By Michael McCracken, Assistant Vice President and Economist
In her Dec. 16, 2015, press conference, then-Federal Reserve Chair Janet Yellen famously stated “I think it’s a myth that expansions die of old age. I do not think that they die of old age. So the fact that this has been quite a long expansion doesn’t lead me to believe that…its days are numbered.” See Board of Governors of the Federal Reserve System. “Transcript of Chair Yellen’s Press Conference.” Dec. 16, 2015.
Nevertheless, there remains an idea in the public forum that the longer the expansion, the more likely that it will end. In the field of statistics, this is known as positive duration dependence.
Think of it this way. We are currently in an expansion, and the almighty flips a weighted coin:
Positive duration dependence is present if, as the expansion continues, the coin is increasingly weighted so that it turns up tails.
And yet we know expansions always end in the U.S.Australia, though, is in year 28 of an expansion. So maybe it’s not true Down Under? Isn’t this type of dependence obvious? Not quite. Even if the dependence was negative—meaning the coin is decreasingly likely to turn up tails as the expansion continues—a recession will occur eventually. The fact that expansions end is insufficient to identify duration dependence of any kind.
It’s just for this reason that biostatisticians have developed survivor analysis (though they had in mind the lifespans of people rather than stages of the business cycle).
One method frequently used in survival analysis is the hazard function, which plots the rate of failure for a system or part over a future period conditional on the age of that system or part. For example, in the case of human lifespans, the hazard function would plot the probability of dying in the next year conditional on how old a person is.
We applied this method to the business cycle, estimating the probability that an expansion will die (that is, a recession will occur) in the next month conditional on the age of the expansion (that is, the number of months since the previous recession). In the figure below, we report estimated hazard functions associated with U.S. expansions that began both before and after World War II.We estimate these probabilities by assuming a Weibull distribution as in Rudebusch, Glenn D. “Will the Economic Recovery Die of Old Age?” Federal Reserve Bank of San Francisco Economic Letter 2016-03, Feb. 4, 2016.
One can interpret the lines as being the probabilities of the coin landing on tails in our example from above. As we move from left to right, we see that the estimated probabilities were increasing in age for both the prewar and postwar periods. This means that a recession was more likely to occur the older it was.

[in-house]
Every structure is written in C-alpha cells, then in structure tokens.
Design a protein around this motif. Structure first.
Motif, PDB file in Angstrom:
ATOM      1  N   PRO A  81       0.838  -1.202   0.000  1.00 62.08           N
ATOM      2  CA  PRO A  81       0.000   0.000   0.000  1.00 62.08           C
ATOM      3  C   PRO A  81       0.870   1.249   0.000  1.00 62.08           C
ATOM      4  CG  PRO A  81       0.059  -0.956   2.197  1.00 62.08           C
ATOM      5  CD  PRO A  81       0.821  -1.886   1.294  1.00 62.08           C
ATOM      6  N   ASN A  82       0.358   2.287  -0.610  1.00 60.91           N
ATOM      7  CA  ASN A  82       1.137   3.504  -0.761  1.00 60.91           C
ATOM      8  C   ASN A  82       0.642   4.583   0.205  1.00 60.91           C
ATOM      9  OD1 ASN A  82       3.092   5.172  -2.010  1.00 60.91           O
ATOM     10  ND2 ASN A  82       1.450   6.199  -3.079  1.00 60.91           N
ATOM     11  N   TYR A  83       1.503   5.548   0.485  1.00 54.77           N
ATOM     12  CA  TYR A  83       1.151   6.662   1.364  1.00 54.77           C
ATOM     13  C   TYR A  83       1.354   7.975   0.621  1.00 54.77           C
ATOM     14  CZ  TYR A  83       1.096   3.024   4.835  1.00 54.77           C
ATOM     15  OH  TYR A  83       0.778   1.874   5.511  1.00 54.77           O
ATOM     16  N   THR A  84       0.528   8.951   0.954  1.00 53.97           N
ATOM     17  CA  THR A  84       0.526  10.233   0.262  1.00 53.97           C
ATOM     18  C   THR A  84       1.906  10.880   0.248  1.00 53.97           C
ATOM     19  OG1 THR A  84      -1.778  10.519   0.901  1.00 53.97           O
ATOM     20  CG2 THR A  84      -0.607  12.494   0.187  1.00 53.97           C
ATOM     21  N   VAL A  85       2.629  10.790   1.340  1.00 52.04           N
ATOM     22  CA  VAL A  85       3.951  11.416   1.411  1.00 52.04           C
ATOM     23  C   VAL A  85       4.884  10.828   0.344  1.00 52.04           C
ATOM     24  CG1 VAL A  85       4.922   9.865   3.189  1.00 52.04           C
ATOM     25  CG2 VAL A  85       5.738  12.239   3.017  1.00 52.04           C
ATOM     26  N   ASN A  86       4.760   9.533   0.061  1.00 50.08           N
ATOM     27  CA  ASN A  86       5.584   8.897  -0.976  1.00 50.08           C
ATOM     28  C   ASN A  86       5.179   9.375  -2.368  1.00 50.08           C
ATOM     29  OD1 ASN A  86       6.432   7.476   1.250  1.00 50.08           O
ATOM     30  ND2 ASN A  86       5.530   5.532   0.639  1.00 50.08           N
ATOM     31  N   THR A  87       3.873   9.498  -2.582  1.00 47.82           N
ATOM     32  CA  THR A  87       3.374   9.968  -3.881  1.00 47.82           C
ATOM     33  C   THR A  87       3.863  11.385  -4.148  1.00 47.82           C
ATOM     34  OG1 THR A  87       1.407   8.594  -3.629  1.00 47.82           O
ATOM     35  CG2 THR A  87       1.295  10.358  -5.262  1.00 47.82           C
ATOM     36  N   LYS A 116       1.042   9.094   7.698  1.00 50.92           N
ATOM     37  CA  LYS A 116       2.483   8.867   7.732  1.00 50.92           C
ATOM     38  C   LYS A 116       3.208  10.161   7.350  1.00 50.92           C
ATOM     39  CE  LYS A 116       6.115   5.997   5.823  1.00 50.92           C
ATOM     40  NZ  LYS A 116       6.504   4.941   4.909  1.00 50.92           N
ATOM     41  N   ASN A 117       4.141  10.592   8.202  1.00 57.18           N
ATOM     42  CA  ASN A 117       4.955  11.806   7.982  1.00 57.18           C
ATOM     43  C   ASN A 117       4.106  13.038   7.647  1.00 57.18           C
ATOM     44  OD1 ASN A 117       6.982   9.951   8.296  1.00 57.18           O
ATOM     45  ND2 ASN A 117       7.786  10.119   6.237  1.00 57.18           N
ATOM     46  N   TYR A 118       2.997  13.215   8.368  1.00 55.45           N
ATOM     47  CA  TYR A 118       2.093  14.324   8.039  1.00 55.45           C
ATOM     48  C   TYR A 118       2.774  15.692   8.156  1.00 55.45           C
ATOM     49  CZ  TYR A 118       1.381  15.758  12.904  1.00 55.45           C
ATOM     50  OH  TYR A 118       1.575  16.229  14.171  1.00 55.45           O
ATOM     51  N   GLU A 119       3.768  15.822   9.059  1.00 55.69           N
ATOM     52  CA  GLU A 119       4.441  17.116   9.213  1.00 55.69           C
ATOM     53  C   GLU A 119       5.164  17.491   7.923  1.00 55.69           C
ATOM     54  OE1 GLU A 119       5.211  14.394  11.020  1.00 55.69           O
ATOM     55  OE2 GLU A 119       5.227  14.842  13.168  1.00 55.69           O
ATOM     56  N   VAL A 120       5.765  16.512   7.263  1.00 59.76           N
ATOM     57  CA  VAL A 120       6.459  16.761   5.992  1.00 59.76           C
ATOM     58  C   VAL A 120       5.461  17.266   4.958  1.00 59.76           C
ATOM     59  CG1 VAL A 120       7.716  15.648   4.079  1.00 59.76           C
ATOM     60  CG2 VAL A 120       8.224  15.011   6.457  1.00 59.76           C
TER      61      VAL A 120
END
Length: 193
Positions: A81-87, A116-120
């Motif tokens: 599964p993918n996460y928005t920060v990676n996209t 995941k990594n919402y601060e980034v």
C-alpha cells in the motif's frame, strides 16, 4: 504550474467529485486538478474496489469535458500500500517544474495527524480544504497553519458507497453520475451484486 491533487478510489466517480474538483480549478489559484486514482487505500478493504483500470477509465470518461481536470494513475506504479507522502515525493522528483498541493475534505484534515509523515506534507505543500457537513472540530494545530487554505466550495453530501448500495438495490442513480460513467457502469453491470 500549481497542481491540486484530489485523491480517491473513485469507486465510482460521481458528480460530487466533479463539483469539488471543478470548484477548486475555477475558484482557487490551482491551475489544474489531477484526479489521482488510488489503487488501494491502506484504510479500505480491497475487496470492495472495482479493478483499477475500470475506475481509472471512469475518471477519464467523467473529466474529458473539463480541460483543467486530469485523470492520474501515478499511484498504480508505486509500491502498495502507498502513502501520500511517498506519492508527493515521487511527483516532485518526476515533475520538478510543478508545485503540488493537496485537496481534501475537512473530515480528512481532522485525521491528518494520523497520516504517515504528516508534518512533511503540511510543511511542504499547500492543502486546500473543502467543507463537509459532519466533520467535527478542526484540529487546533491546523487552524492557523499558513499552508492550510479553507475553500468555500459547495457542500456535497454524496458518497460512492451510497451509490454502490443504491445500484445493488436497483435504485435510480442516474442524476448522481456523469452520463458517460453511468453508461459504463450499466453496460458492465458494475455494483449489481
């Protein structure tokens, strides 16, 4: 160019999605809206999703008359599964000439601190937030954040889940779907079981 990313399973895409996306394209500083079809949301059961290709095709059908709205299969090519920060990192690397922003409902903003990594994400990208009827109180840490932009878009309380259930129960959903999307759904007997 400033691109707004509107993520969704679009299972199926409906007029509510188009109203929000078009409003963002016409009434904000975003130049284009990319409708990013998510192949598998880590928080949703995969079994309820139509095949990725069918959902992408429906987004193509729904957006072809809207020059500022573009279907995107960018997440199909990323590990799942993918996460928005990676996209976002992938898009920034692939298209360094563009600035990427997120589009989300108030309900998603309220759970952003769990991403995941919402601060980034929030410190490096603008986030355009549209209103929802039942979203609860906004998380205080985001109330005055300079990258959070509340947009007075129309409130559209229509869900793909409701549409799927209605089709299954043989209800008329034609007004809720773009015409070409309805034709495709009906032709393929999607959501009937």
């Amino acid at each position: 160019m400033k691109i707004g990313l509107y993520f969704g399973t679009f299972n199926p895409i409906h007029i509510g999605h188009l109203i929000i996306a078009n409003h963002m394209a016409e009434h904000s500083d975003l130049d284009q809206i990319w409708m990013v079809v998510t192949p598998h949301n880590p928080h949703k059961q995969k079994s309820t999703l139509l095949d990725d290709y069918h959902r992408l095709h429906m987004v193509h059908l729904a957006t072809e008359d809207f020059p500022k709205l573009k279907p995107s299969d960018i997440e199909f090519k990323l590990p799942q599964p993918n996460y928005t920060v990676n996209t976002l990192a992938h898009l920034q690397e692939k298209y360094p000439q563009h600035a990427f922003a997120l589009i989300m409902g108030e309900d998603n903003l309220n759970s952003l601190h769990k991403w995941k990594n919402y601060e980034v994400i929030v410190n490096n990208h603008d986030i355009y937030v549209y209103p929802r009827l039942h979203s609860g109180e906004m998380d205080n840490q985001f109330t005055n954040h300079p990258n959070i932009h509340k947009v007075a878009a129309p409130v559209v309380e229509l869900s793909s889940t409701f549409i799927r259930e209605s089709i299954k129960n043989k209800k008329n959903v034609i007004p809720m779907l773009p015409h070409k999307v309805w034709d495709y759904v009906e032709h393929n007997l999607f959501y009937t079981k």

However, there is a stark difference in the slopes of the two lines. In the prewar period, the probability of a recession occurring in the next month rose sharply as the age of the expansion increased. It rose from around 5 percent when the expansion was 2 years old to over 20 percent when the expansion was 4 years old.
On the other hand, the hazard function in the postwar period was much flatter. The recession probability increased from about 1 percent at 2 years old to just over 4 percent at 10 years old. These results suggest that the age of an expansion has been much less of a factor in bringing about its end since World War II.
While one could interpret the figure as indicative of positive duration dependence, it is clearly insufficient for forecasting the end of an expansion. Other factors play a role as well.
Consider an analogy with two adults:
Who is more likely to die next year? Using data on the U.S. population, an estimated hazard function based purely on age would obviously predict a much higher likelihood of dying for the 70-year-old. And yet, my money is on the 25-year-old. Clearly, age is not the only relevant factor when predicting a person’s death.
Similarly, there are many other factors that economists consider when forecasting when the next recession will occur. Popular predictors include residential investment, the slope of the yield curve and employment growth.
Now that expansions don’t seem to be dying of old age anymore, gauging the health of the economy through these other measures is much more useful than simply expecting a recession to occur because we’re due for one.
1 See Board of Governors of the Federal Reserve System. “Transcript of Chair Yellen’s Press Conference.” Dec. 16, 2015.
2 Australia, though, is in year 28 of an expansion. So maybe it’s not true Down Under?
3 We estimate these probabilities by assuming a Weibull distribution as in Rudebusch, Glenn D. “Will the Economic Recovery Die of Old Age?” Federal Reserve Bank of San Francisco Economic Letter 2016-03, Feb. 4, 2016.